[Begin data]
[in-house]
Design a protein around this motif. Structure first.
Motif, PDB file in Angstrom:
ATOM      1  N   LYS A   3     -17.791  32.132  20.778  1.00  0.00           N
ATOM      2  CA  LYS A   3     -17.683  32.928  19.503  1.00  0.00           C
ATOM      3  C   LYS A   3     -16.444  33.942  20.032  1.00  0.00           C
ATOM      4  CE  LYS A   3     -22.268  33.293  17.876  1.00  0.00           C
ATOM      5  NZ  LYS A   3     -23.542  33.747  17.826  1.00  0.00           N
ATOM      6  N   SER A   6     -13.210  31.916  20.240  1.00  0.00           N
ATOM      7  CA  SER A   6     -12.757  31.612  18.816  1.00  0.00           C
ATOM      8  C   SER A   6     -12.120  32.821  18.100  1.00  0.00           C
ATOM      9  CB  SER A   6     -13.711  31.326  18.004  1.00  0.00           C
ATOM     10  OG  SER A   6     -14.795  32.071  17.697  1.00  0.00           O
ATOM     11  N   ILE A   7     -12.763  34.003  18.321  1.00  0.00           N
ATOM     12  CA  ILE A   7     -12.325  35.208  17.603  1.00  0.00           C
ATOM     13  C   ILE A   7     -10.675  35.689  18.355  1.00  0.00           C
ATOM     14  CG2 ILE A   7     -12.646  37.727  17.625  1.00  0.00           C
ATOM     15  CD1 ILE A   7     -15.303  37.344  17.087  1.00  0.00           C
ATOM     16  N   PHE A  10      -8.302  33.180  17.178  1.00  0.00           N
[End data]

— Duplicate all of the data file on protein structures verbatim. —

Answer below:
[in-house]
Design a protein around this motif. Structure first.
Motif, PDB file in Angstrom:
ATOM      1  N   LYS A   3     -17.791  32.132  20.778  1.00  0.00           N
ATOM      2  CA  LYS A   3     -17.683  32.928  19.503  1.00  0.00           C
ATOM      3  C   LYS A   3     -16.444  33.942  20.032  1.00  0.00           C
ATOM      4  CE  LYS A   3     -22.268  33.293  17.876  1.00  0.00           C
ATOM      5  NZ  LYS A   3     -23.542  33.747  17.826  1.00  0.00           N
ATOM      6  N   SER A   6     -13.210  31.916  20.240  1.00  0.00           N
ATOM      7  CA  SER A   6     -12.757  31.612  18.816  1.00  0.00           C
ATOM      8  C   SER A   6     -12.120  32.821  18.100  1.00  0.00           C
ATOM      9  CB  SER A   6     -13.711  31.326  18.004  1.00  0.00           C
ATOM     10  OG  SER A   6     -14.795  32.071  17.697  1.00  0.00           O
ATOM     11  N   ILE A   7     -12.763  34.003  18.321  1.00  0.00           N
ATOM     12  CA  ILE A   7     -12.325  35.208  17.603  1.00  0.00           C
ATOM     13  C   ILE A   7     -10.675  35.689  18.355  1.00  0.00           C
ATOM     14  CG2 ILE A   7     -12.646  37.727  17.625  1.00  0.00           C
ATOM     15  CD1 ILE A   7     -15.303  37.344  17.087  1.00  0.00           C
ATOM     16  N   PHE A  10      -8.302  33.180  17.178  1.00  0.00           N